Sep 9 2020 Reflection
Wednesday 9 September 2020
First Reading: 1 COR 7:25-31
Listen to me, daughter; see and bend your ear.
PS 45:11-12, 14-15, 16-17
Gospel Reading: LK 6:20-26
Today’s Note: Memorial of Saint Peter Claver, Priest
Raising his eyes toward his disciples Jesus said:
“Blessed are you who are poor,
for the Kingdom of God is yours.
Blessed are you who are now hungry,
for you will be satisfied.
Blessed are you who are now weeping,
for you will laugh.
Blessed are you when people hate you,
and when they exclude and insult you,
and denounce your name as evil
on account of the Son of Man.Rejoice and leap for joy on that day!
Behold, your reward will be great in heaven.
For their ancestors treated the prophets
in the same way.But woe to you who are rich,
for you have received your consolation.
But woe to you who are filled now,
for you will be hungry.
Woe to you who laugh now,
for you will grieve and weep.
Woe to you when all speak well of you,
for their ancestors treated the false
prophets in this way.”
Woe to you who are rich. (Luke 6:24)
Imagine you are a wealthy Jew listening to this small-town rabbi talk about the difference between being rich and being poor. Your crops are flourishing, your herds are increasing each year, your business is doing well. Prosperity is a sign of God’s favor, isn’t it? And yet Jesus is saying, “Blessed are you who are poor. . . . Woe to you who are rich” (Luke 6:20, 24). Is Jesus condemning you for your prosperity?
No. Jesus does not look down on rich people. He was simply saying that wealth can be an obstacle to living a life of loving dependence on your heavenly Father.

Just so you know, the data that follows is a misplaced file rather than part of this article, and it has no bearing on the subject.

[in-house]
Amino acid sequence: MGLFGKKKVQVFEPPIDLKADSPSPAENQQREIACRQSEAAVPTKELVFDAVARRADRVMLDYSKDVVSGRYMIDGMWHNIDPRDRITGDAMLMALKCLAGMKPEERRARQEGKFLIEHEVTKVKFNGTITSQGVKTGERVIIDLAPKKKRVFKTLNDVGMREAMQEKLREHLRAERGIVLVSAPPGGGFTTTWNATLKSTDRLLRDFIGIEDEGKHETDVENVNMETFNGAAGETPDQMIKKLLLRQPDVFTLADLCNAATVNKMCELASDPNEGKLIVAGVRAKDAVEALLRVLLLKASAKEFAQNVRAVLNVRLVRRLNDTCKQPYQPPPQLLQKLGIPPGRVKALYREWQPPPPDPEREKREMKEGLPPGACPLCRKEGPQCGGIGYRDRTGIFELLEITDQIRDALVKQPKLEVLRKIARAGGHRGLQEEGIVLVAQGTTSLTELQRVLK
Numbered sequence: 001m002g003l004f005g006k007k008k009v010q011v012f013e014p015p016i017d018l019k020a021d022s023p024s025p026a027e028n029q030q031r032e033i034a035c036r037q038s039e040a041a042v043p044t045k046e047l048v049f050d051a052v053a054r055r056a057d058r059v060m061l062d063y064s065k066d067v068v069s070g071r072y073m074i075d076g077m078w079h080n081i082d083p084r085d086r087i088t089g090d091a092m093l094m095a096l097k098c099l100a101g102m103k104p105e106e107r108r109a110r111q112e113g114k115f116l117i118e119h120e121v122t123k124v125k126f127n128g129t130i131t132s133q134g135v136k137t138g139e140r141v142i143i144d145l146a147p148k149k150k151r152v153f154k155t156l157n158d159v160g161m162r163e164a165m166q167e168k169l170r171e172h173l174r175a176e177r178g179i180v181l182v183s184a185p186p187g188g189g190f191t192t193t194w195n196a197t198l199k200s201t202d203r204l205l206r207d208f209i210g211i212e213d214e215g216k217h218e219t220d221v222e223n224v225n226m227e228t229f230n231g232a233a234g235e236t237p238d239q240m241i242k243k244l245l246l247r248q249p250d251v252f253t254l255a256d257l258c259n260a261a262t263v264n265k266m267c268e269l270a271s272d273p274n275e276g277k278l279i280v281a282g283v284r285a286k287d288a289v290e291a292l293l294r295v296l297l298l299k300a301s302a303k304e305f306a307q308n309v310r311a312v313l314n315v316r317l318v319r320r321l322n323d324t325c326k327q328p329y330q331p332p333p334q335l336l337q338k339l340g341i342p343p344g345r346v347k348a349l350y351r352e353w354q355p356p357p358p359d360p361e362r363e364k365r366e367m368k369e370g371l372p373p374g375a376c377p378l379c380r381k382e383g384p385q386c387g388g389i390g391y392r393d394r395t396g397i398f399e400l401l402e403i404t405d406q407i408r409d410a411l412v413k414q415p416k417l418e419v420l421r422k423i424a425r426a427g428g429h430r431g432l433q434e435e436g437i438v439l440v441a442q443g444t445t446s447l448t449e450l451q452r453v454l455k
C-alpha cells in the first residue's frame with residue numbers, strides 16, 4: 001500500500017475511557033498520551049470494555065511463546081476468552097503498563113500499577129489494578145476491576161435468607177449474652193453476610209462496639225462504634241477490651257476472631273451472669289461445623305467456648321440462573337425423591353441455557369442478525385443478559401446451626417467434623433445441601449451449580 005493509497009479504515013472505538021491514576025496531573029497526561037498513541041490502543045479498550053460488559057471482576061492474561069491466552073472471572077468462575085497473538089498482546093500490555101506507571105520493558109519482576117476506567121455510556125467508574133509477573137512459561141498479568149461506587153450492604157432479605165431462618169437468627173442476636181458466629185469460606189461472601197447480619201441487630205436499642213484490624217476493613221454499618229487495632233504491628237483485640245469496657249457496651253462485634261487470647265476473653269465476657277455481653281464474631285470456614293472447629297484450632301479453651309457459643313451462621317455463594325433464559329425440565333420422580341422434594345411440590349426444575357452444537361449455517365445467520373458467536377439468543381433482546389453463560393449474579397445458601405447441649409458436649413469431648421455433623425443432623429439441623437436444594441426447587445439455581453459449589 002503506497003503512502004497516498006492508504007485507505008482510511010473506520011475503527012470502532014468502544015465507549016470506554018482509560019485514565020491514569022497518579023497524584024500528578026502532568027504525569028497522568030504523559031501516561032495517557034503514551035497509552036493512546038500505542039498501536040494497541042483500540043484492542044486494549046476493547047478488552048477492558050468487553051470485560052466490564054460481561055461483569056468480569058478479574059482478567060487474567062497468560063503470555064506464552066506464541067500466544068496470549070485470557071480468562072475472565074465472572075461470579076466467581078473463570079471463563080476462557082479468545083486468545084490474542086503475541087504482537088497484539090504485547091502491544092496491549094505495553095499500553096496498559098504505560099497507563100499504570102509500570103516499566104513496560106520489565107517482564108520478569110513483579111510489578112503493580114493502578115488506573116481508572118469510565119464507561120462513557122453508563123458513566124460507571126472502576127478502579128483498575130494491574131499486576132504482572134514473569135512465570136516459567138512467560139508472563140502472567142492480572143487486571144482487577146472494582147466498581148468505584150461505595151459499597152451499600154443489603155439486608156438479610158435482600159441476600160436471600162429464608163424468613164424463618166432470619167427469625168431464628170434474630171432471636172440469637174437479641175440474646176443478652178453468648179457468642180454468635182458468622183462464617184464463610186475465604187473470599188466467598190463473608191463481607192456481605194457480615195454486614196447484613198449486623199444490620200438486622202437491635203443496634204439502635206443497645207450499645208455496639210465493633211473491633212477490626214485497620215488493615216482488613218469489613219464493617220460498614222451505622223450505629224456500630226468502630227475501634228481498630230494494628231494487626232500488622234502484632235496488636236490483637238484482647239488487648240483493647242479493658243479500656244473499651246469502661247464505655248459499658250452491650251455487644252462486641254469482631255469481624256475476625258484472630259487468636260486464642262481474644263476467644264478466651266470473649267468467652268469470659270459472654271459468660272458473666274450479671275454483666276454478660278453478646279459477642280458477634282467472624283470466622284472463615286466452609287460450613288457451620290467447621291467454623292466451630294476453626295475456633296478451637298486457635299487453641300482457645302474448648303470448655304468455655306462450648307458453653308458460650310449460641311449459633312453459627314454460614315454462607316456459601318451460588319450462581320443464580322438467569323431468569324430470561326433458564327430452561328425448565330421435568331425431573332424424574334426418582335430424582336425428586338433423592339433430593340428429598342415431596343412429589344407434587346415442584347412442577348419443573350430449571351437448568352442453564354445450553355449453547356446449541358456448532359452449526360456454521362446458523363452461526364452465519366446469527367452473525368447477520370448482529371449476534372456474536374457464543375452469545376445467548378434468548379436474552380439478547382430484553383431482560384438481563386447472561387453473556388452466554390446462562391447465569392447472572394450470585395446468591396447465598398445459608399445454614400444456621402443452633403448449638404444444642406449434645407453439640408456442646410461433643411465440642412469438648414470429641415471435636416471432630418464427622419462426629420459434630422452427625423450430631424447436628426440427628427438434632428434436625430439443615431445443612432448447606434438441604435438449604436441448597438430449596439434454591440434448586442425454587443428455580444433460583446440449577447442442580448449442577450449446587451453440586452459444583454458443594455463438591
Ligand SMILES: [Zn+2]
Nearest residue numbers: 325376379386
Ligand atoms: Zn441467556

Not all of us would fall into the “materially prosperous” category, but anyone can be distracted by money. If we have wealth, we might be lulled into trying to fill ourselves now, to enjoy everything we can now. We might think we can rely on ourselves instead of trusting God to care for the details of our lives. If we are struggling to make ends meet, we might forget that God cares for us now even as he promises an eternal treasure in heaven. We might be fearful to care for the people around us. This is what Jesus was cautioning people about.
God most certainly cares for the rich as much as he does the poor. Jesus is simply exhorting them, and us, to elevate our thinking beyond the here and now. To be generous toward those who have less and to trust God wholeheartedly for what we need. To use our wealth to show those who have less what the Father’s love and care might look like. It’s our preoccupation with selfish desires, our attitude of independence that has no need of God, that grieves him. After all, it’s his nature to bless and satisfy and delight, whether we are rich or poor.
That’s what God wants to do for you today: give you confidence in him. Whatever your financial situation, put your faith in God, not in your current status. He is the only One who can bless you and fill you with joy.
“Holy Spirit, line up my views on life and wealth and trust in God with the Father’s perspective.”